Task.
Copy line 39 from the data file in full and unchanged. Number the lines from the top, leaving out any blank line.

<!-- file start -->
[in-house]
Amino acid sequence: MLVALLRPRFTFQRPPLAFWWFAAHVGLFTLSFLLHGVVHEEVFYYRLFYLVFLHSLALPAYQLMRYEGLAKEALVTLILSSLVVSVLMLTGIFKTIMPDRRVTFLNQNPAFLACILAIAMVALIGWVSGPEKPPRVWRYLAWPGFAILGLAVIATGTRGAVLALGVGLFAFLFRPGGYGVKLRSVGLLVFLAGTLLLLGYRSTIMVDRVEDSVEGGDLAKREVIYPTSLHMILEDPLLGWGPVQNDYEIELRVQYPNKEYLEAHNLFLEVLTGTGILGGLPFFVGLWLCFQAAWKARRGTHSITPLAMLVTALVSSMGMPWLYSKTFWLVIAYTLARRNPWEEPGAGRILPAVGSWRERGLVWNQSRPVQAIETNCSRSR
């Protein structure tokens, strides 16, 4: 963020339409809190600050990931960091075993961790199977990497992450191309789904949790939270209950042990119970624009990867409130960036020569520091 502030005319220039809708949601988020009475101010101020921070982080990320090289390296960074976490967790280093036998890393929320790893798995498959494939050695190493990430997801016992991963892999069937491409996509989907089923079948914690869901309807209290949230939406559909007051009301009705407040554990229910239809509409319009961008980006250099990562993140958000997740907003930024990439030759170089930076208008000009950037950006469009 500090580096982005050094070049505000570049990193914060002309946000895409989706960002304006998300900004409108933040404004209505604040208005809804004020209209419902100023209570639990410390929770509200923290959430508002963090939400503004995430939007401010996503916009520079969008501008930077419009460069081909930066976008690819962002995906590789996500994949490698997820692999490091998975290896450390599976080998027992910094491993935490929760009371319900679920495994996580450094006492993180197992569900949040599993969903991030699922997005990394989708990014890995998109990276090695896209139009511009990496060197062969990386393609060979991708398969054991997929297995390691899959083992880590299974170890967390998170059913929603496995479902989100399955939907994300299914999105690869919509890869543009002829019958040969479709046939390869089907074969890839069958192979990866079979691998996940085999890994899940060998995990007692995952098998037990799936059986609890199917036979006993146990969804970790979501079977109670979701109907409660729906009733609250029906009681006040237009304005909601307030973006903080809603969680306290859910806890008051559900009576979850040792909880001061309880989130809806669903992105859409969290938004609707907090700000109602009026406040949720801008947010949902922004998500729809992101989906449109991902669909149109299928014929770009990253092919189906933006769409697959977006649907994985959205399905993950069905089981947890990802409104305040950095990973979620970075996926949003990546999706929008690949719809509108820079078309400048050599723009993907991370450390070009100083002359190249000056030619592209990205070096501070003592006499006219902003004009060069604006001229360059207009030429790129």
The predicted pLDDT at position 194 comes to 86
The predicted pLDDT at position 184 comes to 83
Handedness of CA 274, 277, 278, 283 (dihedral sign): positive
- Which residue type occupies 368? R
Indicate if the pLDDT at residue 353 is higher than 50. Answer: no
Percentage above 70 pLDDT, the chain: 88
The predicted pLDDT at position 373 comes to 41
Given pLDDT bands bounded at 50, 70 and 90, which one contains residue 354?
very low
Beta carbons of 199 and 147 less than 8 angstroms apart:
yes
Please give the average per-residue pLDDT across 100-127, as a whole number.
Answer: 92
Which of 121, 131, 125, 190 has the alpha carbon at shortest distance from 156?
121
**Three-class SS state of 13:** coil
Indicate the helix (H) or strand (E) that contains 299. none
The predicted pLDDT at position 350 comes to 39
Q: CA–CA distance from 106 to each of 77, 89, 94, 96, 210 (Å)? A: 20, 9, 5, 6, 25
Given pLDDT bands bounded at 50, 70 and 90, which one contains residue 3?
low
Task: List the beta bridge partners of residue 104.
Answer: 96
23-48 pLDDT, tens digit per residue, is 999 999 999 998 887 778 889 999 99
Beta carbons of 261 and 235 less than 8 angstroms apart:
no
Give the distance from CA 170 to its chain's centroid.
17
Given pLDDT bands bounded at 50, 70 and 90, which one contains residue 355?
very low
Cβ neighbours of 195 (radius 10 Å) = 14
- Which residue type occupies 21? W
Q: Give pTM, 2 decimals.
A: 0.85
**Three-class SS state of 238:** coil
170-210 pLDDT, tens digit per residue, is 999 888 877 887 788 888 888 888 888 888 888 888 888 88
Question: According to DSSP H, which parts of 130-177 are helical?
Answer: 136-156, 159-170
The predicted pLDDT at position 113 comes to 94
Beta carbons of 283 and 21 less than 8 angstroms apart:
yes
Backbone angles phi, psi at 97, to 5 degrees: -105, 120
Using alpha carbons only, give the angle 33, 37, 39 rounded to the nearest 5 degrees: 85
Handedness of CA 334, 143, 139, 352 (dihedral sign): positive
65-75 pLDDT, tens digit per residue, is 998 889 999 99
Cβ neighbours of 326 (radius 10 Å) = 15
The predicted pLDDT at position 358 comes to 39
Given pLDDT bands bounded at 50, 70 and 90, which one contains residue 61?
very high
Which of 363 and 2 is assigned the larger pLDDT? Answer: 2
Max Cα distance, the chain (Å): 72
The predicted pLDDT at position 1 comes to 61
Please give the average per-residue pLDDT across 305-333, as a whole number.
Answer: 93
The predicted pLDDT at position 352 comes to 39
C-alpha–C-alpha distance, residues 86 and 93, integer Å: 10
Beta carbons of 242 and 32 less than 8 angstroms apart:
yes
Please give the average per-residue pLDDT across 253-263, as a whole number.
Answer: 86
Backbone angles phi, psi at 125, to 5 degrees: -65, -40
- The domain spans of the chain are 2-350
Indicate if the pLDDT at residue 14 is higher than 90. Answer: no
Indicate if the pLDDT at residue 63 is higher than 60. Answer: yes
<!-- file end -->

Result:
170-210 pLDDT, tens digit per residue, is 999 888 877 887 788 888 888 888 888 888 888 888 888 88